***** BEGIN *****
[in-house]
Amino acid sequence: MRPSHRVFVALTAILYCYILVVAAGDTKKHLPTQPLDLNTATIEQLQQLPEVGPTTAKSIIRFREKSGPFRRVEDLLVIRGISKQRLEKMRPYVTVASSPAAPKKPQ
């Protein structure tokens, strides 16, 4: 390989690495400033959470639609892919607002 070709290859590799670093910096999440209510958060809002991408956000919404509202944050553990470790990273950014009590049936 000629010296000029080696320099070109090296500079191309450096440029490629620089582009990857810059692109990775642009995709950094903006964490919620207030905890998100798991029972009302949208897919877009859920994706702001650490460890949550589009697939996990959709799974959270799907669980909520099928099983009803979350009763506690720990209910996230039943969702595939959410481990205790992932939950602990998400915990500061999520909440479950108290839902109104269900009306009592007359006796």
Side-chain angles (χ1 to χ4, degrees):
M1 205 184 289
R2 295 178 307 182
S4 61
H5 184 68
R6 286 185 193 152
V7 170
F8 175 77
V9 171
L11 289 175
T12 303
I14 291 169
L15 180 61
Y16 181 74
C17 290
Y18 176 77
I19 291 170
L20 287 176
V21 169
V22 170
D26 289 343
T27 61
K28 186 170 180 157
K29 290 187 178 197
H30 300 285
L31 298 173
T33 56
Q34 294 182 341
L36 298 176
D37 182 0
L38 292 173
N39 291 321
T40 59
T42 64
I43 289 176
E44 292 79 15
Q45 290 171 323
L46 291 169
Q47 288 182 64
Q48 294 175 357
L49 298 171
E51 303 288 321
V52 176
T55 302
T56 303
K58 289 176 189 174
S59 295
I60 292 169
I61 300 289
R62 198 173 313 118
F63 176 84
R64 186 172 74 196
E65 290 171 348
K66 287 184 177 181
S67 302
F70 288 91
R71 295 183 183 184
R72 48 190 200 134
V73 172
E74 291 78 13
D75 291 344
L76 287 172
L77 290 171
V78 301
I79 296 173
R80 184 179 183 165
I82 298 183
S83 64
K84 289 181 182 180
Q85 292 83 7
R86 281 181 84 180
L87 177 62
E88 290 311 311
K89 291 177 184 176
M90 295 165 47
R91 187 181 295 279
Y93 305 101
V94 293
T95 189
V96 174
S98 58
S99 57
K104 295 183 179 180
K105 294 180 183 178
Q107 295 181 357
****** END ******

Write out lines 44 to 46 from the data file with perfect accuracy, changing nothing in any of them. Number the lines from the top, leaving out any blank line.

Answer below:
L49 298 171
E51 303 288 321
V52 176